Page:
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Rewards Greater Than Money

Posted by Lane on August 2, 2011 at 3:54 PM Comments comments (1)

by Elspeth Grafton


We do things we need to for money.

We do things we want to for joy.

We do things challenging for those we love.

With luck, patience, and gratitude, rewards are greater than money



THAT encapsulates my time shooting in Regina.


When we last left our heroine, she was realistically optimistic about job prospects in and out of film. As is the way in this whacky industry, fortunes can turn as a result of one phone call.


Boy did my fortunes turn in ways I could never have anticipated.


Just days after ‘Patience and Gratitude’, my last blog, was posted, my phone rang. My name had been passed along to an Independent Feature being filmed in Regina. They needed someone quickly, the pay was crap but the crew was fabulous. Was I available?




See? Patience can be a virtue – having faith and asking the universe for what you want and getting it CAN happen! I might not have won the lottery or cured the ills of the world, but I asked and I received…


I literally had a day to sort out my life in Vancouver and get on a plane, my head spinning from the speed that things happened. Reading back on my personal journal I wrote while waiting for the first plane to board, I was so hesitant – the last 6 months leaving such a bad taste in my mouth – both for my own ability to do a job I love (silly, I know), and my ability to interact socially. I’d felt so invisible in Vancouver! I’d allowed that to happen, for numerous reasons.


Within an hour of touching down and heading into the Regina Production Office I met our fabulous director, and realized right quick that being invisible here was not going to be an option. Being able to shed that which I’d imposed on myself was liberating to say the least. I was an unknown entity in an unknown city, but far from invisible. I could be completely myself, warts and all, and not worry about what people thought. I had only committed to a 15 day shoot. They could take me or leave me. They probably got more of the real me than I’d allow to be shown on a regular show, just because I was so out of my element – working with people I didn’t know, in cities I didn’t know (is Moose Jaw considered a ‘city’ or a ‘town’?)


Getting hired on a show without a face to face interview with either the PM or Director is rare. It just adds to the ‘X-Factor’ of an out of town gig. It could have been a disaster. The director and I could have NOT gotten along. The cast could have been atrocious. It is a dark, dark script. It could have been an absolute nightmare. Instead, it turned out to be one of the best filming experiences of my life.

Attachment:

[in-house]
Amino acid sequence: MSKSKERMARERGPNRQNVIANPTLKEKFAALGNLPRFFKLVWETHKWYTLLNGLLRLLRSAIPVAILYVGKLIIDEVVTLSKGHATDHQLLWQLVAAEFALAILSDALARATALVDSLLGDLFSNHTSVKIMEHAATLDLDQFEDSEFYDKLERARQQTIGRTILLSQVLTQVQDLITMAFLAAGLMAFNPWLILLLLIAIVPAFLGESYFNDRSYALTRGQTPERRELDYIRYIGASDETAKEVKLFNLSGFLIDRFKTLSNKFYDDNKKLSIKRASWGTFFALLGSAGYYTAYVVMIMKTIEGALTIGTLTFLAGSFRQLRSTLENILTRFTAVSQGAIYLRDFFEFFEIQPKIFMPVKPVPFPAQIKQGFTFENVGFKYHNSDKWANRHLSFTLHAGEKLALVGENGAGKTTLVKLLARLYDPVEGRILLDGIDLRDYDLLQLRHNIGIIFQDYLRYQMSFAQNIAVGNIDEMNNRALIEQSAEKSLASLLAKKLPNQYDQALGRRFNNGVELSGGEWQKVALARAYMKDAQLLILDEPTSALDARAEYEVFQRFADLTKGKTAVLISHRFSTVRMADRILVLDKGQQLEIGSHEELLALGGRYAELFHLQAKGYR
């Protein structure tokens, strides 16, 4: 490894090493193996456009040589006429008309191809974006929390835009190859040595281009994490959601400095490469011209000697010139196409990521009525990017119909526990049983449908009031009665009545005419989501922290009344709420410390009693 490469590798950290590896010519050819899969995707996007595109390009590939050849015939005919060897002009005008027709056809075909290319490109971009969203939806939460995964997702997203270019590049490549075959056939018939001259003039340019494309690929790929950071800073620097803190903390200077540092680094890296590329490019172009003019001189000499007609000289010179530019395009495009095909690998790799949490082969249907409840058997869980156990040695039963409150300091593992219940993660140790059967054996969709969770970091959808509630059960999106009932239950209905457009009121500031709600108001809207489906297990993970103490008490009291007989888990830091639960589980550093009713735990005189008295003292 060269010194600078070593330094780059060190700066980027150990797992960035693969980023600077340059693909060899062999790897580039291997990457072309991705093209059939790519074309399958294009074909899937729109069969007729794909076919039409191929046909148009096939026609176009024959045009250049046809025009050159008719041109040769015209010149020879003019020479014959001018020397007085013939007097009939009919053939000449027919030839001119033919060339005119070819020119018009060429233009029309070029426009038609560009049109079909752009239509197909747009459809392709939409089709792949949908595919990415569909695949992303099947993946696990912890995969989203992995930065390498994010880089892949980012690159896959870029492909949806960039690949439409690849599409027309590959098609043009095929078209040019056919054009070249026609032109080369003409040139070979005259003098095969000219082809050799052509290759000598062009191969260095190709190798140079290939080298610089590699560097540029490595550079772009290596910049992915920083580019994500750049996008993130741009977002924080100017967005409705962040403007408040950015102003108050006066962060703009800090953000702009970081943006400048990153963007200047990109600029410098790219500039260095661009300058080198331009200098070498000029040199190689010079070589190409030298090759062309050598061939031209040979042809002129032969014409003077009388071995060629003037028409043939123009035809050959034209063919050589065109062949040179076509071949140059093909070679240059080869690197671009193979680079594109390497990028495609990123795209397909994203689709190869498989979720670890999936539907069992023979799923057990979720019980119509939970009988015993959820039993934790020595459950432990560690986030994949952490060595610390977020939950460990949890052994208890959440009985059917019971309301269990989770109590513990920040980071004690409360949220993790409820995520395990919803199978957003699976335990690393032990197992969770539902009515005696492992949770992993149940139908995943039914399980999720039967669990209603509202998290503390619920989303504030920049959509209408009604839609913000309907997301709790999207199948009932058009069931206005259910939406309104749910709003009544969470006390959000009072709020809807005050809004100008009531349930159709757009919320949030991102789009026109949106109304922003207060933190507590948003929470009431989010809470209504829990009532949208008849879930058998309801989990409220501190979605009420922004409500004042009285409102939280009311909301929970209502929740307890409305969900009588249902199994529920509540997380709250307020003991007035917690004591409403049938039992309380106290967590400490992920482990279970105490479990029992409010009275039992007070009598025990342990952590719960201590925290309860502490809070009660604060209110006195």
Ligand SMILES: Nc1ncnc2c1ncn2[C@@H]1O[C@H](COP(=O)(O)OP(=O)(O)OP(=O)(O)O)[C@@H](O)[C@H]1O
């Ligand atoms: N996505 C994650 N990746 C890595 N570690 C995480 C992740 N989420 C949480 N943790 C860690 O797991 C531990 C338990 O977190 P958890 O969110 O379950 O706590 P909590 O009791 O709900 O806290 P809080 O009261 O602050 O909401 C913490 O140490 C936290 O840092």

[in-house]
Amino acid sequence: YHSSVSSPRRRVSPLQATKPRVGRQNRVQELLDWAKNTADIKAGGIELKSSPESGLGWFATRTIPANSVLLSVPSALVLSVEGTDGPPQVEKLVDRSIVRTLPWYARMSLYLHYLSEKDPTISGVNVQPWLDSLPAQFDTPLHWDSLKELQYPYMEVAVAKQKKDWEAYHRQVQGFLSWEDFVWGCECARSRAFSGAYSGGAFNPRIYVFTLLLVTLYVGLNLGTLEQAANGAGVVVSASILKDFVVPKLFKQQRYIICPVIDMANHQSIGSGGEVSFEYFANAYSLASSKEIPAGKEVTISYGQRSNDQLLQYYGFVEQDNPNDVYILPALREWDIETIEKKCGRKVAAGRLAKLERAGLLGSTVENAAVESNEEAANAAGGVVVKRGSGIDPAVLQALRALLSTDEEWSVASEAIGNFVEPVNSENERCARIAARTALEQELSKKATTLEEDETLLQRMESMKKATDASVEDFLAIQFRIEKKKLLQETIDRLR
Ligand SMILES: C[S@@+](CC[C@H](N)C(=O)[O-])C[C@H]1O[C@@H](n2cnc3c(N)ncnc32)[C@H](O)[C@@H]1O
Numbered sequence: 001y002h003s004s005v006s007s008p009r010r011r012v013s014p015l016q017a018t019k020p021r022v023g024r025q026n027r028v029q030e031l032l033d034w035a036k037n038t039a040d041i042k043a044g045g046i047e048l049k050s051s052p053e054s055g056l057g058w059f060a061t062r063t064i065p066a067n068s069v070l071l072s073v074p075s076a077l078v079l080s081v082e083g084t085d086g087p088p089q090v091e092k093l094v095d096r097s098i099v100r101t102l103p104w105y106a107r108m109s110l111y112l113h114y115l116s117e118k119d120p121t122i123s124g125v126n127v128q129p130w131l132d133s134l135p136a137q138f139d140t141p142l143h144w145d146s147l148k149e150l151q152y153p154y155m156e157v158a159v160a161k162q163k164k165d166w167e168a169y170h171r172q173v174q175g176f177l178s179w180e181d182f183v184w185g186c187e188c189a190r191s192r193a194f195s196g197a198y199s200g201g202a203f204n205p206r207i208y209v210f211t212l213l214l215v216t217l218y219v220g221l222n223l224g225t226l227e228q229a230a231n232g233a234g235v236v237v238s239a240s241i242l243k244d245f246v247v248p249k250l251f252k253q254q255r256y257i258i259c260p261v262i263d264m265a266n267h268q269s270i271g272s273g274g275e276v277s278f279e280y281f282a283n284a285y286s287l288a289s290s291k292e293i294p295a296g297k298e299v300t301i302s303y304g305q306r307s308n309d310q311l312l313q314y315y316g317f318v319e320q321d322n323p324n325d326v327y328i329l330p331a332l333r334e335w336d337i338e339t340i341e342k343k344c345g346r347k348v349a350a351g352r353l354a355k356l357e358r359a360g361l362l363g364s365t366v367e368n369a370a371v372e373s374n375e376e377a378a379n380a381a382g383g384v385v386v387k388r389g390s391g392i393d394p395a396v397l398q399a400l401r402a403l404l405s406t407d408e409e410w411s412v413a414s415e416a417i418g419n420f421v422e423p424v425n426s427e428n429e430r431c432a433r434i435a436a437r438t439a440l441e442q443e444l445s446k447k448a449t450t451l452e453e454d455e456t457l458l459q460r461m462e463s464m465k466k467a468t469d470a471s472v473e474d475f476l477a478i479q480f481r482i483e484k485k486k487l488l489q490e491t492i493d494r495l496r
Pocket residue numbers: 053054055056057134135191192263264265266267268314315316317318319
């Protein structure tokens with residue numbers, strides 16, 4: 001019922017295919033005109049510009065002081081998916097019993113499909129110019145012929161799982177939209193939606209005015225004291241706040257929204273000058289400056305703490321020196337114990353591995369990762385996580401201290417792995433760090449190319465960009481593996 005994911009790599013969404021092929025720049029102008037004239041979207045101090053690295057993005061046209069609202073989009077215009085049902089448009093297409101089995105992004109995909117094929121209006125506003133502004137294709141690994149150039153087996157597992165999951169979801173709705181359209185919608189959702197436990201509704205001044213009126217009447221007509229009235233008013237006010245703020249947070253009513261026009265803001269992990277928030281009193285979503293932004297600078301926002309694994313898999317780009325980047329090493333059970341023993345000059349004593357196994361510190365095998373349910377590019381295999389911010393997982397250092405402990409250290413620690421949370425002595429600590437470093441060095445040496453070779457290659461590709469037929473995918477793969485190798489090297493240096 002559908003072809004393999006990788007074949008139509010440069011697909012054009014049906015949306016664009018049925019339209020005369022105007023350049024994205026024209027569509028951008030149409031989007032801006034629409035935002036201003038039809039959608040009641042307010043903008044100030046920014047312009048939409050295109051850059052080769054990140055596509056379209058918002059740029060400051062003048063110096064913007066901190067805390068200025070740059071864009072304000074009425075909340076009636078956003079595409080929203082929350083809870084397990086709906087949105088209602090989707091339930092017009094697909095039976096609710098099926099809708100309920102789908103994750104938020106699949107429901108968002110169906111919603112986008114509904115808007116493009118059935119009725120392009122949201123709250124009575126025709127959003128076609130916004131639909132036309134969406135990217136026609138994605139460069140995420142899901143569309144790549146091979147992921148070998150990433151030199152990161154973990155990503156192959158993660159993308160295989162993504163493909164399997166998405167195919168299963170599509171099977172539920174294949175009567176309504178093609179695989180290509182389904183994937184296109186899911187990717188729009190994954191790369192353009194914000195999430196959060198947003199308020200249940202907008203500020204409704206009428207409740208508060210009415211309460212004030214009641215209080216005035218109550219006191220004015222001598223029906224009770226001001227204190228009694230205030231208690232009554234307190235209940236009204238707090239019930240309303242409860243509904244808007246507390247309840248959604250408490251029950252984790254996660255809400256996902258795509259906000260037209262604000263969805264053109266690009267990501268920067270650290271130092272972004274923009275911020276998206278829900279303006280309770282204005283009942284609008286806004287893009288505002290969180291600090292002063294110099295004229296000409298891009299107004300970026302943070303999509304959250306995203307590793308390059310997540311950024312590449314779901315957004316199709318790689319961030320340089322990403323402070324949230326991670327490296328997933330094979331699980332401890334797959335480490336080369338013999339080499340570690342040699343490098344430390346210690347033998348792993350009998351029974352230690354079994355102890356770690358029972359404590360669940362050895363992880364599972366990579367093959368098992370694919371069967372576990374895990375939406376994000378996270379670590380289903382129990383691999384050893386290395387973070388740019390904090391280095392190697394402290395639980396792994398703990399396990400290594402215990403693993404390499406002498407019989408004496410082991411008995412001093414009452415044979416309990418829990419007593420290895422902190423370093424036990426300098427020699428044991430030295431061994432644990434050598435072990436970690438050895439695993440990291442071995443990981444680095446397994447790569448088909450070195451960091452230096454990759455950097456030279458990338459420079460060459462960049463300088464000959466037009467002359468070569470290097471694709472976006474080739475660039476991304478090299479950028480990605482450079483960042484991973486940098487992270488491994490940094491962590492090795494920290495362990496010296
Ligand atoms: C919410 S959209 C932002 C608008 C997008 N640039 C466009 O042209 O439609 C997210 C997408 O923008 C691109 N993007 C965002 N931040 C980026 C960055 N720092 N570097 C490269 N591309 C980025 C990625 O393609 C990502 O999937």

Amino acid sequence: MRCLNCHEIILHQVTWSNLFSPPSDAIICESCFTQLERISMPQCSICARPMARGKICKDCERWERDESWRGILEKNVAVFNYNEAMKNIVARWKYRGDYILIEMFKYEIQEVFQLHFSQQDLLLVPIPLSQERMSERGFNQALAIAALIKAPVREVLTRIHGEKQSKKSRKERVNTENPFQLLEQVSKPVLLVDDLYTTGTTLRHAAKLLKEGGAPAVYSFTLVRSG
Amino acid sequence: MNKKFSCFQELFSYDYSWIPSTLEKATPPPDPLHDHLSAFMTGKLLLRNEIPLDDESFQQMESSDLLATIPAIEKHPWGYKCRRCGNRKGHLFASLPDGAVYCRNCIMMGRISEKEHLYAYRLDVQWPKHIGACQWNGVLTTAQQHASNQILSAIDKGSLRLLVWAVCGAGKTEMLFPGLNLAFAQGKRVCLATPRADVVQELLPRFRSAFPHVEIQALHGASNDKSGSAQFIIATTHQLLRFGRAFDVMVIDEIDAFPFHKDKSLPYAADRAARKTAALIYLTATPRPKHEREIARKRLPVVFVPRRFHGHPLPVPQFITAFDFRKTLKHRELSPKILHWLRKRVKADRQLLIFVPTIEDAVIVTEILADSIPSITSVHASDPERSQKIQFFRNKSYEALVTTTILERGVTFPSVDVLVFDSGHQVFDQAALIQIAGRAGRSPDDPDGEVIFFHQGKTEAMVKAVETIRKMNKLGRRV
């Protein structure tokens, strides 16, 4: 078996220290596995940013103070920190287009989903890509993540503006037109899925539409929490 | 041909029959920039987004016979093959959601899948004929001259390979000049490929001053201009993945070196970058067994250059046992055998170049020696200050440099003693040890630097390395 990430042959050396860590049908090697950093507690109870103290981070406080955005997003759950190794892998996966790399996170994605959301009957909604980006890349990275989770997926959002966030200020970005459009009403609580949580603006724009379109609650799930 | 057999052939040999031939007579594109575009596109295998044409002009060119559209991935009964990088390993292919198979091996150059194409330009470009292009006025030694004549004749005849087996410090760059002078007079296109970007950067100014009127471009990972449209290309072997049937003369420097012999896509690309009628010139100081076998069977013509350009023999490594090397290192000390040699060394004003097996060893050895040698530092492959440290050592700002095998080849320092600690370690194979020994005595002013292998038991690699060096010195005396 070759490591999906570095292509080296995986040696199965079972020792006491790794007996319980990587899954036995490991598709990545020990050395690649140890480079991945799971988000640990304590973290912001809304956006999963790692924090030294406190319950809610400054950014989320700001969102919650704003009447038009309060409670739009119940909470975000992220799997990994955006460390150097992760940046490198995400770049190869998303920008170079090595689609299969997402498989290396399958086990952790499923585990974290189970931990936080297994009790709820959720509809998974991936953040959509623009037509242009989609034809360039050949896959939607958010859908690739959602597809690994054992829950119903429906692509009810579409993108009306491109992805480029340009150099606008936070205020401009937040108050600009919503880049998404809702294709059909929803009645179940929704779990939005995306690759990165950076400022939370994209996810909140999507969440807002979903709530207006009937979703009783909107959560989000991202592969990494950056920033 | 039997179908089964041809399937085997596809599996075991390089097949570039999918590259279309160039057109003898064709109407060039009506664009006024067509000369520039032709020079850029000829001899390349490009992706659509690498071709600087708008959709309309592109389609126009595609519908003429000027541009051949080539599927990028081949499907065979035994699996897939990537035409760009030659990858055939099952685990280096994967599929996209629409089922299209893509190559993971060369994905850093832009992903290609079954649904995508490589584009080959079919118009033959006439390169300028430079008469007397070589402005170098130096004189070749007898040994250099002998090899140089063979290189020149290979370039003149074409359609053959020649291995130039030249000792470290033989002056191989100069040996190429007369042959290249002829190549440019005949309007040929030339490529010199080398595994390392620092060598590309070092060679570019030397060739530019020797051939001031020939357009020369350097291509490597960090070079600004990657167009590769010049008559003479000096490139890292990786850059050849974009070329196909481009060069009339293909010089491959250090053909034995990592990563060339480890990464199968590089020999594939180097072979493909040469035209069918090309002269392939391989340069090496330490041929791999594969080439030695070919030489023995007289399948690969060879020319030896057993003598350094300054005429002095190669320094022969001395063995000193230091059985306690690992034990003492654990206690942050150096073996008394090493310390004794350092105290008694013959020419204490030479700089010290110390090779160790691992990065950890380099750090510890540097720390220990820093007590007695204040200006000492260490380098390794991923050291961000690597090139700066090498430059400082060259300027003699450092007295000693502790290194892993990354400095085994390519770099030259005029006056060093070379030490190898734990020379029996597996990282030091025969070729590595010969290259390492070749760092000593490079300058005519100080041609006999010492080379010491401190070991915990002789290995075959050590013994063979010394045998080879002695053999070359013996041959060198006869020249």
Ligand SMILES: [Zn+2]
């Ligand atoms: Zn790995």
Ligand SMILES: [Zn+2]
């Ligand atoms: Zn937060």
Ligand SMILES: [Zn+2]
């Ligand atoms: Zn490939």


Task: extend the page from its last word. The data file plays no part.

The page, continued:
I asked and I received far more than ever expected.


I received so many personal and professional affirmations in the 28 days I was away from Vancouver – too many to put into this blog – but they’re being written about and explored. I don’t think that the people involved know what gifts they bestowed. I don’t know if I could even verbalize it accurately. If there was a reward for enduring the heinous six months previous, then I cashed it in – big time with this experience. I toss thanks up to the Universe for putting the opportunity in my way. I also give myself thanks for taking the risk, leaping into this experience without looking too hard at it, and trusting that the landing would be soft.


I think I broke even financially after the 4 weeks away. I don’t care. What I got out of it is far more important to me than a plumped up bank account. I got relationships – I got memories – I got to do a job I love, and do it well under adverse conditions. I got appreciation. I got a bit of respect too. I got to be me when I hadn’t felt like myself for a long, long time.


Regina will always hold a special place in my heart, for the riches it provided me – riches of landscape, riches of heart and riches of people. The city changed me. This filming experience changed me. The people I met changed me. I’m only better for it and for having them in my life.


We’ve now all scattered to different corners of the earth (literally), back to our regular lives. I’m resolved never to live an invisible life again, and to hold dear and nurture the friendships made.

Gratitude and Patience

Posted by Lane on June 20, 2011 at 2:02 PM Comments comments (0)

by Elspeth Grafton


I was having a bad day - a really, REALLY bad day when I made that last blog entry. I’m human. It happens to all of us. What’s different today? Have I won the lottery? Found a job, found the man of my dreams, bought a new car, righted the wrongs of the world? No. But today I feel better – good in fact. I might feel differently tomorrow, but I’m holding onto this feeling today.



I know in my heart of hearts that things will work out. How do I know this? Because everyday (despite my crumbling last week) I do something to move forward. The move might be strides or it might be inches, but I move forward nonetheless. I would hope this strategy would work for anyone, regardless of what stressors they have to deal with.


You see, I may not be working, but my day isn’t consumed with sleep-ins, daytime television or relaxing by the pool with a book. Job banks get searched, websites for companies I actually wouldn’t mind working for have their recruitment pages perused and email alerts for job postings get looked into. Some days this is outrageously successful (strides). Some mornings it’s depressingly not (inches). But I’ve made an effort. I’m turning things around.